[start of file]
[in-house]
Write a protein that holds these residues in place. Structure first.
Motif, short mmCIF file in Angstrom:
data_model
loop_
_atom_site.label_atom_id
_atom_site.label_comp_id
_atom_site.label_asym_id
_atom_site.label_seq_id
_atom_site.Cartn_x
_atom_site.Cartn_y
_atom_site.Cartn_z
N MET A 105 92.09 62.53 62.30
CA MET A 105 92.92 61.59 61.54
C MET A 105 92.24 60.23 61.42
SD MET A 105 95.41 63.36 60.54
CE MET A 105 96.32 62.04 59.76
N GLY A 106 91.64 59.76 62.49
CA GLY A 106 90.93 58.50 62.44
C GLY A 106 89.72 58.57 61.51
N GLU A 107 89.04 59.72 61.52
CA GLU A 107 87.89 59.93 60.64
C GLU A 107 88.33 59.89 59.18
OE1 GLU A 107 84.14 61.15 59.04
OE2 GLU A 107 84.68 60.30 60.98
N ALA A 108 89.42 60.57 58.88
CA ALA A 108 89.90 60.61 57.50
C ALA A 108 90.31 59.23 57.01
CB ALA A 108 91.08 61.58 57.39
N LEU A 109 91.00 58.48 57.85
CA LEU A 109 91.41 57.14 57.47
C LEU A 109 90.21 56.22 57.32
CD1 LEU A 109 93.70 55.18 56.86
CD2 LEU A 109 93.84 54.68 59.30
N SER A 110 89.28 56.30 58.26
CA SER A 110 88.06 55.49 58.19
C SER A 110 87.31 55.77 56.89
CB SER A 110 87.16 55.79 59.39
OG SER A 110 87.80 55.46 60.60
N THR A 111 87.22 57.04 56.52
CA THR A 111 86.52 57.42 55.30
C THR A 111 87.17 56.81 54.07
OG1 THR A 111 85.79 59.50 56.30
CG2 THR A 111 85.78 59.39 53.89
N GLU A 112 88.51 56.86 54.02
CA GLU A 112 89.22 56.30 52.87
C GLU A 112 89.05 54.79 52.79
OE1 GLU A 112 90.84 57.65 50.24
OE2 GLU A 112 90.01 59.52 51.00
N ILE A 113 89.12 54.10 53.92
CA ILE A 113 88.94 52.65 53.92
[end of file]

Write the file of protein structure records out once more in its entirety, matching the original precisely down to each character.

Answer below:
[in-house]
Write a protein that holds these residues in place. Structure first.
Motif, short mmCIF file in Angstrom:
data_model
loop_
_atom_site.label_atom_id
_atom_site.label_comp_id
_atom_site.label_asym_id
_atom_site.label_seq_id
_atom_site.Cartn_x
_atom_site.Cartn_y
_atom_site.Cartn_z
N MET A 105 92.09 62.53 62.30
CA MET A 105 92.92 61.59 61.54
C MET A 105 92.24 60.23 61.42
SD MET A 105 95.41 63.36 60.54
CE MET A 105 96.32 62.04 59.76
N GLY A 106 91.64 59.76 62.49
CA GLY A 106 90.93 58.50 62.44
C GLY A 106 89.72 58.57 61.51
N GLU A 107 89.04 59.72 61.52
CA GLU A 107 87.89 59.93 60.64
C GLU A 107 88.33 59.89 59.18
OE1 GLU A 107 84.14 61.15 59.04
OE2 GLU A 107 84.68 60.30 60.98
N ALA A 108 89.42 60.57 58.88
CA ALA A 108 89.90 60.61 57.50
C ALA A 108 90.31 59.23 57.01
CB ALA A 108 91.08 61.58 57.39
N LEU A 109 91.00 58.48 57.85
CA LEU A 109 91.41 57.14 57.47
C LEU A 109 90.21 56.22 57.32
CD1 LEU A 109 93.70 55.18 56.86
CD2 LEU A 109 93.84 54.68 59.30
N SER A 110 89.28 56.30 58.26
CA SER A 110 88.06 55.49 58.19
C SER A 110 87.31 55.77 56.89
CB SER A 110 87.16 55.79 59.39
OG SER A 110 87.80 55.46 60.60
N THR A 111 87.22 57.04 56.52
CA THR A 111 86.52 57.42 55.30
C THR A 111 87.17 56.81 54.07
OG1 THR A 111 85.79 59.50 56.30
CG2 THR A 111 85.78 59.39 53.89
N GLU A 112 88.51 56.86 54.02
CA GLU A 112 89.22 56.30 52.87
C GLU A 112 89.05 54.79 52.79
OE1 GLU A 112 90.84 57.65 50.24
OE2 GLU A 112 90.01 59.52 51.00
N ILE A 113 89.12 54.10 53.92
CA ILE A 113 88.94 52.65 53.92